NU Smart Farms

Detecting lameness in commercial pig production


The problem of lameness in pig production

Lameness in livestock is an issue for both animal welfare and sustainable food production. A lame animal may be in pain and reluctant to bear weight on the affected limb, meaning that it suffers from impaired mobility. Growth may be reduced and welfare affected, due to lower feed and water intake.

Lameness has many different causes. Some are genetic, some are environmental. Even well-managed farms can have some lameness in their pigs. Typically, up to 5% of pigs on a farm could be lame. But there are more subtle changes in walking patterns in up to 20% of animals. This points to underlying problems that cause changes in walking patterns and which may, in turn, lead to lameness.

We use motion capture technology from the film industry to develop automated ways of detecting lameness in pigs. It can also help farmers select animals with reduced risk of becoming lame in the future. High-tech camera systems can provide:

  • a diagnostic tool to quickly identify lame animals
  • a predictive tool to help choose genetically superior animals as future breeding stock

Research project

Using motion capture technology to quantify locomotion in pigs

We started developing the technology with quantification of normal walking patterns in pigs, in biomechanical terms. We placed reflective markers on key anatomical points of the animal, such as on the hoof and shoulder blade, and on specific joints on each leg. The markers were carefully attached to the skin using sticky tape. This allowed them to be easily removed at the end of the session and reused in later weeks to study walking patterns (gait) as the animal grew in size.

Next, we set up a series of up to 14 cameras to track the movement of the pig along a dedicated 'catwalk'. We trained the pigs to walk behind a technician, who was holding a tray containing tempting pieces of apple. Pigs who walked slowly and steadily to the end of the catwalk were rewarded with a piece of apple. The process of training could take several weeks, and was more successful with some pigs than others. But the general rule was true – that pigs will do anything for food!

A standard video camera recorded the pig's movement as a reference, and a series of infra-red cameras recorded the reflection given off by the skin markers. This allowed the pig's movement to be digitally stored. Once back in the office, we were able to extract key biomechanic data.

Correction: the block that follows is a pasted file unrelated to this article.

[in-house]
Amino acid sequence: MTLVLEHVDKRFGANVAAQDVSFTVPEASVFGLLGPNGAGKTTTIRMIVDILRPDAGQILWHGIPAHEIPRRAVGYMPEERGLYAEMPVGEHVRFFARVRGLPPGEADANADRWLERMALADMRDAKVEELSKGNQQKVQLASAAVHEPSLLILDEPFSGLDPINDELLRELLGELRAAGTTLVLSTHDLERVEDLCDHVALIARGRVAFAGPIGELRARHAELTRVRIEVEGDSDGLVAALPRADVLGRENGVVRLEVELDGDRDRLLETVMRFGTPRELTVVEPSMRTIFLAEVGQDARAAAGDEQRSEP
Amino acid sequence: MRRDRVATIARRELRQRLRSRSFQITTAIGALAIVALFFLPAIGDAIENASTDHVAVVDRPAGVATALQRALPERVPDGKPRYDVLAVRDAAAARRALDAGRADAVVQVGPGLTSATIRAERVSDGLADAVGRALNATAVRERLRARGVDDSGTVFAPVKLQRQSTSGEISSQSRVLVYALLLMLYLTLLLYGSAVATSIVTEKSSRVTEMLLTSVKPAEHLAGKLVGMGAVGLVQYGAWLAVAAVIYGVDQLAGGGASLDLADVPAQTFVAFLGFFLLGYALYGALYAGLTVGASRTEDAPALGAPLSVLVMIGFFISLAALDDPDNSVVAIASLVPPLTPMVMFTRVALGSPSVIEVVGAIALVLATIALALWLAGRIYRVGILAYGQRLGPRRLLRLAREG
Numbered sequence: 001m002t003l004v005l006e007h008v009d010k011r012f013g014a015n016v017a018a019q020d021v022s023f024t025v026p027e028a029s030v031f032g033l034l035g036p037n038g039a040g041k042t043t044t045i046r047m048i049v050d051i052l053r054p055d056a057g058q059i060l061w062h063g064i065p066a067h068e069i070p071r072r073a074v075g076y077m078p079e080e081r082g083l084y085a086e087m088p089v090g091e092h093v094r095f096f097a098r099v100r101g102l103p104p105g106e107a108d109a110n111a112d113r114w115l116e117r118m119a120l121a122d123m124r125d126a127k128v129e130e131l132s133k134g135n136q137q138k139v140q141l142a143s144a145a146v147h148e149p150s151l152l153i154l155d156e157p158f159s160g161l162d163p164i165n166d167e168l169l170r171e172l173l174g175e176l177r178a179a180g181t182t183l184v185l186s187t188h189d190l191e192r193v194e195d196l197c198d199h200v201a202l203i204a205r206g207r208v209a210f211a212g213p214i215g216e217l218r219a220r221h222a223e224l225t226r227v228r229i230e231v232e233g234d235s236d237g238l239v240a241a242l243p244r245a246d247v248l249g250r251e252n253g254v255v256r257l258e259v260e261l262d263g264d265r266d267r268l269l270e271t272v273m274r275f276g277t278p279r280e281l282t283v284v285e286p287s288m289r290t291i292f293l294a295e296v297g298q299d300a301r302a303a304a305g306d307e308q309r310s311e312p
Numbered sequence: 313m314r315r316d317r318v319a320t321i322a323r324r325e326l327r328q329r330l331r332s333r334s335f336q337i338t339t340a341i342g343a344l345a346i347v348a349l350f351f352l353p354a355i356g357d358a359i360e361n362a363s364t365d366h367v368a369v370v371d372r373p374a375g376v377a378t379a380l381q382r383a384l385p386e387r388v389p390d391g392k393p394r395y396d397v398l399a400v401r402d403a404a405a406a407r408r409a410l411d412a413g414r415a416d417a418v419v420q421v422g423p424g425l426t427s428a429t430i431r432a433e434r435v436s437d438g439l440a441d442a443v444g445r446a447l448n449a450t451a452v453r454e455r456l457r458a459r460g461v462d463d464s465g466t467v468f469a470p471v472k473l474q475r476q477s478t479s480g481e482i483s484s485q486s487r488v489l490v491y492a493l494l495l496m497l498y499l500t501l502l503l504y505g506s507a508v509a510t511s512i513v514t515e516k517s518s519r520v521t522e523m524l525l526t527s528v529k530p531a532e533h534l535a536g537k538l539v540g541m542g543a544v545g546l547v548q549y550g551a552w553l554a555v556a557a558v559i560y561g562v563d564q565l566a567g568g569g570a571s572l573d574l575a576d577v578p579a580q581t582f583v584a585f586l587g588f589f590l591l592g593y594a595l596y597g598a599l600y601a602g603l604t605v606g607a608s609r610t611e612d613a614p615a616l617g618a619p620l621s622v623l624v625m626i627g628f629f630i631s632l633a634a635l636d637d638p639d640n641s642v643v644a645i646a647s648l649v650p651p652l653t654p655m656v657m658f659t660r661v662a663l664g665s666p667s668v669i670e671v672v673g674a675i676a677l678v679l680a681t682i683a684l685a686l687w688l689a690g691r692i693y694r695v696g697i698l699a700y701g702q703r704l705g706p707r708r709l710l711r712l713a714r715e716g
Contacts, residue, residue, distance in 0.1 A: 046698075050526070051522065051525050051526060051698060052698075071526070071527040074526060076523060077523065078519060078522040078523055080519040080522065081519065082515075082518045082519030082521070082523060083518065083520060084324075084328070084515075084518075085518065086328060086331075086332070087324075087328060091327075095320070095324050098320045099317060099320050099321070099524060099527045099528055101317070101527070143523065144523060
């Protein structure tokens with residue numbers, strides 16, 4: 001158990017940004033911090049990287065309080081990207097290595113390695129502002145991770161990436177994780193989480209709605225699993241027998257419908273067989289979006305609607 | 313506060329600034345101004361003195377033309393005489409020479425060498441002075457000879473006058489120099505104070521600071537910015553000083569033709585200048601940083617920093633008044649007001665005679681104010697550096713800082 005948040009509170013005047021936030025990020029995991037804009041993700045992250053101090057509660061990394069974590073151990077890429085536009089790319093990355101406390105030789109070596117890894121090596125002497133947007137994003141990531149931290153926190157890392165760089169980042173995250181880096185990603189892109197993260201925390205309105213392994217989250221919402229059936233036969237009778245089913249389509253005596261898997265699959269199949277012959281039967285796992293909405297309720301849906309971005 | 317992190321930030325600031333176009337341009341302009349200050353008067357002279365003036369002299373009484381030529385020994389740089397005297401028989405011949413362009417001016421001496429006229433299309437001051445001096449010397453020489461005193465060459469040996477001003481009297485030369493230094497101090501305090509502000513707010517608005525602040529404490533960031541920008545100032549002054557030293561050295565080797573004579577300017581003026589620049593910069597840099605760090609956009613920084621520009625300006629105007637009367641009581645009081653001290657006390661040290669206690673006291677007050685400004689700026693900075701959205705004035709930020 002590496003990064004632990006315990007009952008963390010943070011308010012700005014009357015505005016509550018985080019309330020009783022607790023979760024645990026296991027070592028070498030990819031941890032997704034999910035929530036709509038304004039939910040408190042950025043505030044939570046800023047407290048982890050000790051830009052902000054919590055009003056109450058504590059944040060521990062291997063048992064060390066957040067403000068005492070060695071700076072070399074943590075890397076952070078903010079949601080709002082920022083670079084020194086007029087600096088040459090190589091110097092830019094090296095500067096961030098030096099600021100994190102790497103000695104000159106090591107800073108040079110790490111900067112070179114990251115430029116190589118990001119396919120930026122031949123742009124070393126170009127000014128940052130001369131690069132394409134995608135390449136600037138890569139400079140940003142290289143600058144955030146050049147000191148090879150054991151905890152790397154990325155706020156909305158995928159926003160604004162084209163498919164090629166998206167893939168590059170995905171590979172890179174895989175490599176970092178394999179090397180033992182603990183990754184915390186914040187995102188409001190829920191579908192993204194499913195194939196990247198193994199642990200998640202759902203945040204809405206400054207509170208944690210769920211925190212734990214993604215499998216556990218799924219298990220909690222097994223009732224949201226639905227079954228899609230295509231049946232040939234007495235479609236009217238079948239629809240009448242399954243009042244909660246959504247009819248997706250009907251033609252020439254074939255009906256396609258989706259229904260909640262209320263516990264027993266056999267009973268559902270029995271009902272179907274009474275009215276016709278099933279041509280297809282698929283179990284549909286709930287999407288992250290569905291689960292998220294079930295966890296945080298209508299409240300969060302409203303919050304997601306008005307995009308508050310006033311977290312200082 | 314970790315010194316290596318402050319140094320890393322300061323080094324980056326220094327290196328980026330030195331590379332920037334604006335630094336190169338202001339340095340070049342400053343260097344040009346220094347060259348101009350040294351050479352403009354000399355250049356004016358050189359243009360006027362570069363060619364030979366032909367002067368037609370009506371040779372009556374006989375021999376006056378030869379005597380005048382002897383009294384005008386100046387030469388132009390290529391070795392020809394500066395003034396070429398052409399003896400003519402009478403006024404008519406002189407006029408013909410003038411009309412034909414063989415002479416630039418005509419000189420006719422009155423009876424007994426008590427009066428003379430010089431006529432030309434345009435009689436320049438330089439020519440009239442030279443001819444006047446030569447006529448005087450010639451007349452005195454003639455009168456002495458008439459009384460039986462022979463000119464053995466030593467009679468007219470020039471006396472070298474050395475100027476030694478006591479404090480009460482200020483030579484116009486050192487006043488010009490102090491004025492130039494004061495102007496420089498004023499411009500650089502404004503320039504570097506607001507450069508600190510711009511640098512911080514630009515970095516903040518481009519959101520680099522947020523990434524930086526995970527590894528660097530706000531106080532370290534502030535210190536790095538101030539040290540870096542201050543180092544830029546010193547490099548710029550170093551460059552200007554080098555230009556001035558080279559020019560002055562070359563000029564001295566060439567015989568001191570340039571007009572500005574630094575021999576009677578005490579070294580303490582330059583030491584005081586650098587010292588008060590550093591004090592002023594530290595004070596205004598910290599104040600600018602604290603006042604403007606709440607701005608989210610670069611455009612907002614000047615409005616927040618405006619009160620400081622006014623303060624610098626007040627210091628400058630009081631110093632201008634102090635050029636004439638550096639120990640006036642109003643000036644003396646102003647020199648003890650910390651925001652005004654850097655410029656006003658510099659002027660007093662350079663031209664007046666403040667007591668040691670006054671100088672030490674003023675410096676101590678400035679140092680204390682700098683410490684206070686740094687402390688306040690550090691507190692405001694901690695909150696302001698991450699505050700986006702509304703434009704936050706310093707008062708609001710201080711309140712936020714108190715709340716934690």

The process needs to be followed precisely to extract gait parameters, such as changes in the maximum and minimum values for angles on key joints.


Changes in gait due to lameness

Pigs who are lame because of a problem with one of their front legs show a distinctive change in gait. A pig with front leg lameness has a much more pronounced vertical displacement of its head, by as much as 40mm more than a normal pig (Stavrakakis et al, 2015).

In a population of breeding females, we were also able to use gait as a predictor of pigs who later became lame. Step-to-stride length ratio should be 0.5 in normal pigs. It reliably identified up to 74% of pigs which went on to develop lameness later in life (Stavrakakis et al, 2015). Including biomechanical assessment of gait in genetic improvement programmes could lead to a large reduction in lameness in pig herds across the world.

Developing a farm-level gait monitor

We are investigating using the characteristic ‘head bob’ in a lame pig to develop a farm-level version of the technology. Such technology would detect lameness without using reflective skin markers and infra-red cameras.

Depth cameras, such as the Kinect camera developed by Microsoft for its V-Box gaming console, have the potential to track pig gait from above. This time, instead of the catwalk in the gait laboratory, the camera could be positioned above the pigs in a passageway inside a standard pig building. Pigs with a significant head bob would be detected as they pass underneath.

Our pilot study confirms that this simplified system works in theory. We are excited about the prospect of taking this forward into a farm-level version that could interface with other control systems to monitor environmental conditions in the building as well as pig behaviour.